Exactly what is ethanol? And what’s the buzz about?It seems there are many ‘rumors’ but few current facts floating around about Ethanol and more specifically about e85 Ethanol. So let’s discuss the basics:
E85 Ethanol is a renewable fuel made up of 85% man-made renewable Ethanol fuel and 15% Petroleum. With only 15% petroleum, you would naturally expect Ethanol to cost less than gasoline. Eventually, you will be correct. But first, we need to get e85 Ethanol distribution available to the public. Ethanol can be produced from many different sources; among which are corn and sugar cane. Here in the U.S. there is a widespread myth that Ethanol is only made from corn – and when folks talk about corn they think of the yellowish corn kernels we eat. FALSE.
Ethanol is made from the stalks and husks of corn – not the food stock that we would eat. Thus, ethanol is NOT responsible for the rise in food prices. If you stop and think for a moment, it is pretty easy to understand why our food prices continue to rise. How much has it been costing you to fill up your car’s tank these days? More each week, right? Well consider the truckers who must deliver food, particularly perishable food items, from farm to super market. The cost of diesel fuel that truckers use has risen faster than even the unleaded gasoline your car uses. That increased cost has to be recouped someplace, and that is in higher food prices.
Back to Ethanol. In many respects, shame on our U.S. government for not promoting the development of alternative fuel sources over the past 5 to 10 years. Had we been working on it, we would not have the extreme increases in energy costs we face today. Between our government and big oil companies, we’ve managed to get a decade or more behind in our quest for energy independence. It is still possible. Over the span of about five years, Brazil went form relying on foreign oil to complete independence by producing their own Ethanol. That country had a built in source – Brazil’s largest export product is Sugar, and Ethanol can be easily produced as a by-product of sugar cane. Here in the United States, we already have over THREE MILLION vehicles on the road that are capable of running on e85 with little to no modification. Who is responsible? Mainly General Motors along with Ford and Chrysler. That’s right – no Toyota, Honda or Nissan. Why? Do you think the Japanese manufacturers want to see the US become energy independent? You’re right, no they don’t. But we can do it!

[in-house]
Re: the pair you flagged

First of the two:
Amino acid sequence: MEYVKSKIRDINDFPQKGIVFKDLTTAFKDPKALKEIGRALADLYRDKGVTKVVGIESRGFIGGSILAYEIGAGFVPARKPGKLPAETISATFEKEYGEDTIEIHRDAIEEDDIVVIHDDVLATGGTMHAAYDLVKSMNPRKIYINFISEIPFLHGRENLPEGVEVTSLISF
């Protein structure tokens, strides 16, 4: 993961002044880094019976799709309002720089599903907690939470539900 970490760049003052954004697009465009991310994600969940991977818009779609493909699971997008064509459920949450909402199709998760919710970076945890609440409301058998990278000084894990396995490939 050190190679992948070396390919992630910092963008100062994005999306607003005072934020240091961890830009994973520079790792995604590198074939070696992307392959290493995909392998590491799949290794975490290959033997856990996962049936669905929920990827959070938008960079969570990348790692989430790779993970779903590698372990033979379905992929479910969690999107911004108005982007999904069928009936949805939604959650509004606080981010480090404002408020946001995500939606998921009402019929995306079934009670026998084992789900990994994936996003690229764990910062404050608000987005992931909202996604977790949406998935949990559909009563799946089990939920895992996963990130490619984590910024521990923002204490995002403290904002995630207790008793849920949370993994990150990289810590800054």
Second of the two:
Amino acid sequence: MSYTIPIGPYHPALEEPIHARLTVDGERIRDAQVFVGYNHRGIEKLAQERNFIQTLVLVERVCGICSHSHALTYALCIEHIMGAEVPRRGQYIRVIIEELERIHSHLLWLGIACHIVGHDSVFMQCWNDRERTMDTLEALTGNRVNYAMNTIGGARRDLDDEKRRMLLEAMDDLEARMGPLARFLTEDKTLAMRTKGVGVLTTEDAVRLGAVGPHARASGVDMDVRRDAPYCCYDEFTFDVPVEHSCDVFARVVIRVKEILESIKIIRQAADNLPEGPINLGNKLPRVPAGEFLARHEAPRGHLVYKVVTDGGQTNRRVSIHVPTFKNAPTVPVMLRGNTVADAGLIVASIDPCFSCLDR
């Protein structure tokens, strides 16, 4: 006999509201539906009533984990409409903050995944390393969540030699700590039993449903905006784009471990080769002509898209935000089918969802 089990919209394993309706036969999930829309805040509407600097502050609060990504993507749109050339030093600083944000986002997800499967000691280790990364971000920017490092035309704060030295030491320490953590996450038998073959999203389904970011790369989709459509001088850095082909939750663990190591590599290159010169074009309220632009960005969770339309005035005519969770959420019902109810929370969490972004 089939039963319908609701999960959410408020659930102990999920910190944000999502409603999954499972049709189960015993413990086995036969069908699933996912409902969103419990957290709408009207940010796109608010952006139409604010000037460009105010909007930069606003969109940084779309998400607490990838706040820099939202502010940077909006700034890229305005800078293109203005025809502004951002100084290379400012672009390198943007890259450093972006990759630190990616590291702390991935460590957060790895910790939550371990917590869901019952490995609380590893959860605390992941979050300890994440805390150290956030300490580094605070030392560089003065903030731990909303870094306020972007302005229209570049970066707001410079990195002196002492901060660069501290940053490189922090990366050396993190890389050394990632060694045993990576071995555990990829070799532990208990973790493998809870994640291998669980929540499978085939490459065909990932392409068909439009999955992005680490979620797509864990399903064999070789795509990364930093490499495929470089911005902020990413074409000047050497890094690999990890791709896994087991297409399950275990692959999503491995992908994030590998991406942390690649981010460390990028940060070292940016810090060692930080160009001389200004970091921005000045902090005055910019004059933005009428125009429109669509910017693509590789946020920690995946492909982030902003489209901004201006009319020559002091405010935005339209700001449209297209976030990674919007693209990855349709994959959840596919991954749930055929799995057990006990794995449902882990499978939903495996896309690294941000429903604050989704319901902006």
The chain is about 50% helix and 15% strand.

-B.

Here in the U.S., a company called Coskata has developed a mico-biology technology that will allow Ethanol to be produced from basic land-fill waste! Check them out at www.coskata.com – this technology could allow virtually every municipality in the country to become an energy producer!
Remember that any new technology costs more upfront due to the development expense. But once economies of scale are reached, costs drop dramatically. Think of the cost of cell phones, computers, HDTV’s, etc. The same will happen with alternative fuel sources. Rather than fight them, let’s all cheer them on. Whether it’s e85 or some other fuel, we can become energy independent and rid ourselves of these huge cost spikes. GM and others have already been building the vehicles that will run on these fuels – you may even be driving one! – so now we need to fight for the infrastructure to distribute these fuels. We need gas stations to add e85 pumps. That’s where the 2007 Energy Bill comes into play.